Date of Award


Degree Type


Degree Name

Doctor of Philosophy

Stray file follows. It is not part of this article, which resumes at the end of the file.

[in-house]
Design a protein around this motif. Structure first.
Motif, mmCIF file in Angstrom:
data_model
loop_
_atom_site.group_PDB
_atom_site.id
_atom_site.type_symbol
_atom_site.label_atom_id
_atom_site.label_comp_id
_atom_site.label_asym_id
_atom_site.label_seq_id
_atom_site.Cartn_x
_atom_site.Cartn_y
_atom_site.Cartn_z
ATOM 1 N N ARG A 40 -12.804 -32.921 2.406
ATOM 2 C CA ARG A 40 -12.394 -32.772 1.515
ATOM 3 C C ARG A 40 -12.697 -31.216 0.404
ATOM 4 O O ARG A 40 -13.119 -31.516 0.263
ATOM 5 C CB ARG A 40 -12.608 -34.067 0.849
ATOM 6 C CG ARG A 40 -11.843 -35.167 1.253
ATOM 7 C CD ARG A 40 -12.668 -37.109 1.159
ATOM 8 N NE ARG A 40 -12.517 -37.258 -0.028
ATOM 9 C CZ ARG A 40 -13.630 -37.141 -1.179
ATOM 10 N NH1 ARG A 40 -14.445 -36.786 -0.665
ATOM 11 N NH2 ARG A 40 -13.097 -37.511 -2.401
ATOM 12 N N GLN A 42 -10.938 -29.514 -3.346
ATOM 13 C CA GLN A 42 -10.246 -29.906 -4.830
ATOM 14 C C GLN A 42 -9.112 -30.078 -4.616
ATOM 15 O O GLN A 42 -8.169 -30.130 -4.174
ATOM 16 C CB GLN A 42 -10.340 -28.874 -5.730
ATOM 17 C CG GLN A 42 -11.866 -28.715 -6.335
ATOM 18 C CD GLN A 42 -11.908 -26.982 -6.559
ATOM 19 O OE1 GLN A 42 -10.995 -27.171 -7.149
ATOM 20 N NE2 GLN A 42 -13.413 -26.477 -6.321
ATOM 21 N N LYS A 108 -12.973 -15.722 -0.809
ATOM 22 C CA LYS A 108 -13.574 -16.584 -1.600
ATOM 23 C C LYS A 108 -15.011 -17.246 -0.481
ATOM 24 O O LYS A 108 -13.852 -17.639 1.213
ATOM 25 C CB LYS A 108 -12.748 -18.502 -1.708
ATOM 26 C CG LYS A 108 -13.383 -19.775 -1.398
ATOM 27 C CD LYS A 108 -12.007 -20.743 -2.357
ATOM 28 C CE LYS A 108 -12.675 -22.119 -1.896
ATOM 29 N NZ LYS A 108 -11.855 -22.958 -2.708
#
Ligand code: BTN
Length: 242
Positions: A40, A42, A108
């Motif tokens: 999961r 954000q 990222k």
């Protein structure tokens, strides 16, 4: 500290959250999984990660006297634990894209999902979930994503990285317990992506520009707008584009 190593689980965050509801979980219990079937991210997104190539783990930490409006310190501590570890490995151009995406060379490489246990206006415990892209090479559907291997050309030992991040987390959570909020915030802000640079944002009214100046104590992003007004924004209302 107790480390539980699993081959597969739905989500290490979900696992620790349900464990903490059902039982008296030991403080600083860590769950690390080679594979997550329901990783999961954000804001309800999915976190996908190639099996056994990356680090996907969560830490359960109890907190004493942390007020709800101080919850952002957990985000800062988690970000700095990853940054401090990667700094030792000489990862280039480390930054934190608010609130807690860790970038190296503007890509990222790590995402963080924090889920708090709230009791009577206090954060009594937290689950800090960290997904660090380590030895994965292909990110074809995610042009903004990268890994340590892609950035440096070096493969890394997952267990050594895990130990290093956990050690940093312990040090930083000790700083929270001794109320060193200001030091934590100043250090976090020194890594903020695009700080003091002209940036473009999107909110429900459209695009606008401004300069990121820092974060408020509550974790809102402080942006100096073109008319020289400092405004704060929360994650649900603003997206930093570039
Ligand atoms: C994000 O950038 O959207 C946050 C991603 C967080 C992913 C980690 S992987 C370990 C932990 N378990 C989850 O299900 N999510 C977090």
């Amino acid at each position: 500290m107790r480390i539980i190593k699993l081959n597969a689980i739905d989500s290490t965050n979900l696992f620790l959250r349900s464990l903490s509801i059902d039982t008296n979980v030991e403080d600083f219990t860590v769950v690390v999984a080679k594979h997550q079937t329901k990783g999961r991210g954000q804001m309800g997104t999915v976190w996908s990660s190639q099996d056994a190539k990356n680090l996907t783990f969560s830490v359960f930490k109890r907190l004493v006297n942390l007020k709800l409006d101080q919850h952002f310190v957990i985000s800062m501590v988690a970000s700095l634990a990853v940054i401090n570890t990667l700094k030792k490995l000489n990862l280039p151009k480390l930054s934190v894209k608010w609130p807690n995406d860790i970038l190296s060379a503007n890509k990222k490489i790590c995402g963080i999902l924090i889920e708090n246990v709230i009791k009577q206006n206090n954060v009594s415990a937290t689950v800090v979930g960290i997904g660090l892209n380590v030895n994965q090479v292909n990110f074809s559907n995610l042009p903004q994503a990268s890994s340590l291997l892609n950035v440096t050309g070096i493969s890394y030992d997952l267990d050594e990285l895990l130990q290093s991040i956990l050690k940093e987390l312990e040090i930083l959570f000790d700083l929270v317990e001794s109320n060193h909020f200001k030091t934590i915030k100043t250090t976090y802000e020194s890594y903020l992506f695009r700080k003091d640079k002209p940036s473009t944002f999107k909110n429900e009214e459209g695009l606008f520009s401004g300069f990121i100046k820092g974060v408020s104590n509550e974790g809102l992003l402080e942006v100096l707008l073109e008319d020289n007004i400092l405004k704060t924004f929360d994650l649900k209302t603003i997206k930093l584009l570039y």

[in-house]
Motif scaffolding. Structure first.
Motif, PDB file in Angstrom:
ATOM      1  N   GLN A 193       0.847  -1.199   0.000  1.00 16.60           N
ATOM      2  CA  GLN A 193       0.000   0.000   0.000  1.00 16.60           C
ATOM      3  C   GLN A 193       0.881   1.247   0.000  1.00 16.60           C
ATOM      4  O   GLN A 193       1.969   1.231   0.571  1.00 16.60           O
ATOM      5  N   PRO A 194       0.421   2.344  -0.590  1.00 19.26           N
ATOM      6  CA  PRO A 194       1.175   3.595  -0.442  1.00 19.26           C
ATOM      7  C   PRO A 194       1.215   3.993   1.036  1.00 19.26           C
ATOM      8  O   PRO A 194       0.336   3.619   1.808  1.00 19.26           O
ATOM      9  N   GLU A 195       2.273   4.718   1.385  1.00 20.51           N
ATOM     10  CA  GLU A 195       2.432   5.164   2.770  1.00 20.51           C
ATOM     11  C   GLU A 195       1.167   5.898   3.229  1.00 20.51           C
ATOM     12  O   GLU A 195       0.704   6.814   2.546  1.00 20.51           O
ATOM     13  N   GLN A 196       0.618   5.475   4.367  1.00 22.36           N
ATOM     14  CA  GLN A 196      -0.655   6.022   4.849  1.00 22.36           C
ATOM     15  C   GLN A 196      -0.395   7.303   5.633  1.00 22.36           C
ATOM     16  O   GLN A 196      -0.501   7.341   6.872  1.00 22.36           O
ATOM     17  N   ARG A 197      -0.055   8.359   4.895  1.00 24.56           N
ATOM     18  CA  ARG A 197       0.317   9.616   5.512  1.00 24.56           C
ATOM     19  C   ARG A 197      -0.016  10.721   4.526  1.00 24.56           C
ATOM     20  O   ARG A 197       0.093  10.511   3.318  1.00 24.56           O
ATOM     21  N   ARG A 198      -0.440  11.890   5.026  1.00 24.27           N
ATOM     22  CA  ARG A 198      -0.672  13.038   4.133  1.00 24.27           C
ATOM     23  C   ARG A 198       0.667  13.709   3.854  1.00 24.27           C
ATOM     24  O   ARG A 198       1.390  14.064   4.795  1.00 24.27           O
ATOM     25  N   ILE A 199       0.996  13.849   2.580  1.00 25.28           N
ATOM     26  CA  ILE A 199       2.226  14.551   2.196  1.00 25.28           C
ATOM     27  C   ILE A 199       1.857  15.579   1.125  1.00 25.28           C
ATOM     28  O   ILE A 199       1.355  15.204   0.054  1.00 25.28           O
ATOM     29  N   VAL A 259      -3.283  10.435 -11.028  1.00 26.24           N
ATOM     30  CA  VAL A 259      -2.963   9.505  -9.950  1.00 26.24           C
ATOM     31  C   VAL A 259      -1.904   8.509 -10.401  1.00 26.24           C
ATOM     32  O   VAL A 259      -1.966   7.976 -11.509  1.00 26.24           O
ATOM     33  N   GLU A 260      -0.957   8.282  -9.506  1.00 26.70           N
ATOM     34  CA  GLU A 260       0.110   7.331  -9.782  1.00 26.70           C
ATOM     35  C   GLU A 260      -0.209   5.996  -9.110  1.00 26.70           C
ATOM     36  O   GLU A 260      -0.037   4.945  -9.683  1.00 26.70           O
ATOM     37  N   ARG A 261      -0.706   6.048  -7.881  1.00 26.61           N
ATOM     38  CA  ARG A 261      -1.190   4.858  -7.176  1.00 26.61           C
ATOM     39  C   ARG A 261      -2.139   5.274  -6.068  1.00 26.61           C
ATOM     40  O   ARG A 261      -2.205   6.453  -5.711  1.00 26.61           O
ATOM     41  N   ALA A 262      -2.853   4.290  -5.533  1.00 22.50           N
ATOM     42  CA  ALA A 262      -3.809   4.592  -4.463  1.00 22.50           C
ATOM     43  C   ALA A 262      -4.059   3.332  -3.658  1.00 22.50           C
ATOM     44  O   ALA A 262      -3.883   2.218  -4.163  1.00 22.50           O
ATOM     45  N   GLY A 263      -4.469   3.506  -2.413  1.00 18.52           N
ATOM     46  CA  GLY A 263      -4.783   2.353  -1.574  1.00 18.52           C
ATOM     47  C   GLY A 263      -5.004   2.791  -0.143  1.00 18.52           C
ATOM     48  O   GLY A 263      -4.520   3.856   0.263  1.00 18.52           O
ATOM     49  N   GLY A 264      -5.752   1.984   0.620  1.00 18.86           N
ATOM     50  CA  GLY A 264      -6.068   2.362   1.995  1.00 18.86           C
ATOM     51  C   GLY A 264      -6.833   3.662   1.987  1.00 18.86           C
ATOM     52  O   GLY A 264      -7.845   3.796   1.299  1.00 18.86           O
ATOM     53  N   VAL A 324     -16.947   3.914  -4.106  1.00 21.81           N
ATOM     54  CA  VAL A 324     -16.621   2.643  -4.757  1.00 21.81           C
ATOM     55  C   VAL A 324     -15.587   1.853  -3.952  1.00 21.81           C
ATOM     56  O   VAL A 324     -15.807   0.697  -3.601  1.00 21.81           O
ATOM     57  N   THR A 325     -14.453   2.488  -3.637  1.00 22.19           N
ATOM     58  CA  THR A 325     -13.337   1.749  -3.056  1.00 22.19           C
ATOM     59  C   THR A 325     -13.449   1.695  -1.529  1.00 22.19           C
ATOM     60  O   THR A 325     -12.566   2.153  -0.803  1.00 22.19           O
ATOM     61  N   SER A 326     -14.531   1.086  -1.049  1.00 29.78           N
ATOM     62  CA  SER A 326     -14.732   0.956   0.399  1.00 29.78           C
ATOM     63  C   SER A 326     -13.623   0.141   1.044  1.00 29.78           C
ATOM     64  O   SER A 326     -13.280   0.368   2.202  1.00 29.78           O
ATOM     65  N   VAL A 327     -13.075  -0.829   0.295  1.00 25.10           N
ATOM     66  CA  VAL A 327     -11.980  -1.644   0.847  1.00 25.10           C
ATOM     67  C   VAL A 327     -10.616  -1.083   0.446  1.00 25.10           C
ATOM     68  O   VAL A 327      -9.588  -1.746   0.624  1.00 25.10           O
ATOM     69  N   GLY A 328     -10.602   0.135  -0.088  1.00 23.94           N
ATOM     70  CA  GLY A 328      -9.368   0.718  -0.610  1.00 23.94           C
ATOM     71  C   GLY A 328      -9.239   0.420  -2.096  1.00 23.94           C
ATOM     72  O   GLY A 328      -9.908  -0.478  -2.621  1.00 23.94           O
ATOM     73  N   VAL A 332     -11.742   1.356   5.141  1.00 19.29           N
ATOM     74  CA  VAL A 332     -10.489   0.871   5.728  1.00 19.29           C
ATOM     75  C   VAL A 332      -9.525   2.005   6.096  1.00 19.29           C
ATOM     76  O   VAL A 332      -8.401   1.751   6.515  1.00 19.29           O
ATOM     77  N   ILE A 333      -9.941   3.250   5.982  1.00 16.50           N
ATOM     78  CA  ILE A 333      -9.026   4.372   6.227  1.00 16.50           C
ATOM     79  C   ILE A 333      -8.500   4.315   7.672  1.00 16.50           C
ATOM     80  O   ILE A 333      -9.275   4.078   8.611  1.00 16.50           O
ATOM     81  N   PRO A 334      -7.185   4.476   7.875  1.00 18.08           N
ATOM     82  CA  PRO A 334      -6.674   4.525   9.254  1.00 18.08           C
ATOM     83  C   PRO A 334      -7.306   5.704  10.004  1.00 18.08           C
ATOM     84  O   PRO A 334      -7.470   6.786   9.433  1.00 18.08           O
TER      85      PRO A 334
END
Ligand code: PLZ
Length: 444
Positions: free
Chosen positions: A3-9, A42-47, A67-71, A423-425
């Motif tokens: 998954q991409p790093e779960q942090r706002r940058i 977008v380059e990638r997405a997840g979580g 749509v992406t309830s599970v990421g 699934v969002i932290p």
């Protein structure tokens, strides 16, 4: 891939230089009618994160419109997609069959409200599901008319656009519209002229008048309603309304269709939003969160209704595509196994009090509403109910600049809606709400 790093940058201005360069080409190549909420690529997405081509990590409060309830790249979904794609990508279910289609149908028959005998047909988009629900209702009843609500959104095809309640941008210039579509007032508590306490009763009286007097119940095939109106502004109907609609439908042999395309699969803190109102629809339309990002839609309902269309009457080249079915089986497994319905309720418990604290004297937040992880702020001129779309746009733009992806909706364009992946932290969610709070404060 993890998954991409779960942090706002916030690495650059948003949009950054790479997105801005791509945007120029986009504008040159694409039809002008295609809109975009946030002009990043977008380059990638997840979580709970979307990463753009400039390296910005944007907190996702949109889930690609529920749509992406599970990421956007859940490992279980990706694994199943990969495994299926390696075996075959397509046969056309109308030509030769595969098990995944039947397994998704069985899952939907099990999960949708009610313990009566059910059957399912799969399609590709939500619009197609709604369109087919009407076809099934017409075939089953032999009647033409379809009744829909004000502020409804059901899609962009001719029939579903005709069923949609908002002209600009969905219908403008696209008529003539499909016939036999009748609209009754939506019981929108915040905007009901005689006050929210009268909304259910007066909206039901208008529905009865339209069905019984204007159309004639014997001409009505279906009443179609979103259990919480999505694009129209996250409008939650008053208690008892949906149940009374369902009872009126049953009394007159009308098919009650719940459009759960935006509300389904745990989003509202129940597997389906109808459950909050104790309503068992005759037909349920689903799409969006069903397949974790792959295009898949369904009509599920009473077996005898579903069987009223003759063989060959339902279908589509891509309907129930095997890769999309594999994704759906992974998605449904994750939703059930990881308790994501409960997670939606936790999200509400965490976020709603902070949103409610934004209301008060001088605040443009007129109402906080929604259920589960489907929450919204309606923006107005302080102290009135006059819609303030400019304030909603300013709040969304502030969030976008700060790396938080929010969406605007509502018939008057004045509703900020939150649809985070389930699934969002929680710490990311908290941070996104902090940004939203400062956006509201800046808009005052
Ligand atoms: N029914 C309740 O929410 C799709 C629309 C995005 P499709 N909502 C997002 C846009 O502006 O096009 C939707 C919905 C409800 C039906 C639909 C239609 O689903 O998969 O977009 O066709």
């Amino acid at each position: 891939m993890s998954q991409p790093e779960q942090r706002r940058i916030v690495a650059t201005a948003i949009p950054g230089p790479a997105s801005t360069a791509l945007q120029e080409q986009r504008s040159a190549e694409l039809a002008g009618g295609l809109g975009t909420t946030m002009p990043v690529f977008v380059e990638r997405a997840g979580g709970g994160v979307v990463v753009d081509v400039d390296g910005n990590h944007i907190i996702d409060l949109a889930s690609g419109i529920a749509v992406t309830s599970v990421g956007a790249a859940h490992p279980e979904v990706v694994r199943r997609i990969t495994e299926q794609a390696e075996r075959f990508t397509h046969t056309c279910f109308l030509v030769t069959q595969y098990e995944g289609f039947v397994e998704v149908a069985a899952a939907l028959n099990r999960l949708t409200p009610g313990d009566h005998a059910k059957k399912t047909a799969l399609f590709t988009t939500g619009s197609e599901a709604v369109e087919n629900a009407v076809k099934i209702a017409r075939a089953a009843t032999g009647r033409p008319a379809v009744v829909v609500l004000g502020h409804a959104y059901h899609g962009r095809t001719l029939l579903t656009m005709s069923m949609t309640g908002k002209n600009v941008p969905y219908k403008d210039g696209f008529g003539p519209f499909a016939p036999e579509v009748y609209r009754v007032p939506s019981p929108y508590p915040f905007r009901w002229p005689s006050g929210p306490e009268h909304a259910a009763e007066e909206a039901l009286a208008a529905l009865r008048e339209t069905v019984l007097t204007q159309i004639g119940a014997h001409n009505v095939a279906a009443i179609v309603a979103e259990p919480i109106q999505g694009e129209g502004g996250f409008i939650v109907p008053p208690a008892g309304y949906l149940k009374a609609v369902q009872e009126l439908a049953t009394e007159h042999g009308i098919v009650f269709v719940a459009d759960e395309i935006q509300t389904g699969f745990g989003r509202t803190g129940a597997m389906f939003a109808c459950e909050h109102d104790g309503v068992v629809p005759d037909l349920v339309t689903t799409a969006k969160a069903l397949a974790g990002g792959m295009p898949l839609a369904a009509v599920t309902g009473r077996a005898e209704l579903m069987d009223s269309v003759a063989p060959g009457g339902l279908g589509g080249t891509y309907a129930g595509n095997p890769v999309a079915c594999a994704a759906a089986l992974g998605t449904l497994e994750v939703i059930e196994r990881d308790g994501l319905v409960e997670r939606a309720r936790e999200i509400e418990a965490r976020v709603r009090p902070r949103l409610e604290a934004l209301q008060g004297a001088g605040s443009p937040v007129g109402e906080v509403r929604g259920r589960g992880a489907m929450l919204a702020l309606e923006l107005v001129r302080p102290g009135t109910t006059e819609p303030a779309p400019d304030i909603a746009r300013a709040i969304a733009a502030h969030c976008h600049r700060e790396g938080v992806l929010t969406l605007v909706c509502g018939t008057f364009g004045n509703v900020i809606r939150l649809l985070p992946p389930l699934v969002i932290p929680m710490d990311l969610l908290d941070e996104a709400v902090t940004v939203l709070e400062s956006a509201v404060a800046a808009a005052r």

Samuel Beckett's early to middle novels thematize what Gadamer calls the hermeneutic nature of being. The novels figure the process of being as articulating the non-coincidental self in a discursive space itself denying the very grounds of meaning. This dissertation explores the philosophical implications of an aporetic hermeneutics in relation to the narrating subject, whose readings of his world are always articulated en abime, and to the actual reader, who is obligated to measure the economy of her own reading against the specular hermeneutic of the narrating subject. The question of interpretation in the novels is attenuated by the reader's awareness that her hermeneutic desire is always figured as a simulacrum of an originary reading itself logically "impossible" because never fully grounded.;Each chapter discusses one novel in terms of its thematization of concepts specific to a philosophical hermeneutics. Chapter One discusses Watt in relation to a Gadamerian reading of Aristotle's conception of phronesis, and suggests a link between ethics and interpretation. Chapter Two analyses the relation between narrative and narrator in Mercier and Camier and suggests an anxious relation between narrative and hermeneutics. Chapter Three analyzes Gadamer's articulation of the "dialogical" function in relation to Molloy to suggest that the paradox of the Beckettian narrator is the paradox of "aporetic dialogue". Chapter Four explores the hermeneutical function of "play" in Malone Dies as a specific function of narrative to suggest that Malone's desire for death is playfully--though impossibly--rehearsed in his acts of narrative. Chapter Five discusses The Unnamable as a self-interpreting (or "metahermeneutic") text that reads itself through the definitional and ethical thresholds of beginning and ending while simultaneously denying the possibility of any ethical grounds. Chapter Six explores the relation between memory, desire, death and the constitution of the narrating subject in How It Is and theorizes the implications of being in the space of repetition. I conclude the thesis with an examination of the dialogical function of hermeneutics in Endgame and the second trilogy, Company, ill seen ill said, and Worstward Ho.



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